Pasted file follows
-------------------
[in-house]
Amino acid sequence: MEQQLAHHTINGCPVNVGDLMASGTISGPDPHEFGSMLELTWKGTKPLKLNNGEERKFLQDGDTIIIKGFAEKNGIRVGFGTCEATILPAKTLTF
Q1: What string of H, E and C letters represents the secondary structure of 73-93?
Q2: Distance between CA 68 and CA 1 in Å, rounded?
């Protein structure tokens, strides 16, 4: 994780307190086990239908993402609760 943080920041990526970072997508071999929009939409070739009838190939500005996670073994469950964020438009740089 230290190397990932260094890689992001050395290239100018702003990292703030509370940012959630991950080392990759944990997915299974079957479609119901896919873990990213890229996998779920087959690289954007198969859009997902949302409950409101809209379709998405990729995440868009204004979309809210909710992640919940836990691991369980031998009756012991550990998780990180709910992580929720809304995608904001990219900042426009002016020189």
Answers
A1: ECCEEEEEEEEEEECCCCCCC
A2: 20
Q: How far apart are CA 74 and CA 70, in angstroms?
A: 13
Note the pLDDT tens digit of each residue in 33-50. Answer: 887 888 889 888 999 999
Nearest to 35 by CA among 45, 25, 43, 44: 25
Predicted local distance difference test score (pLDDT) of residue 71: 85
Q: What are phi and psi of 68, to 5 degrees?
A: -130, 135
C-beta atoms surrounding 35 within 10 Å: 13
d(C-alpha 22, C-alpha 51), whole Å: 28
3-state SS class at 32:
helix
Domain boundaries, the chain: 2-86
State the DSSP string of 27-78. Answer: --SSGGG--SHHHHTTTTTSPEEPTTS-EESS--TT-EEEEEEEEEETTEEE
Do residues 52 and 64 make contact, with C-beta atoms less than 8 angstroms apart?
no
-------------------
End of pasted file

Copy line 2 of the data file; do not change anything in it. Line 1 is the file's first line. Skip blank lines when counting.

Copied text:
Amino acid sequence: MEQQLAHHTINGCPVNVGDLMASGTISGPDPHEFGSMLELTWKGTKPLKLNNGEERKFLQDGDTIIIKGFAEKNGIRVGFGTCEATILPAKTLTF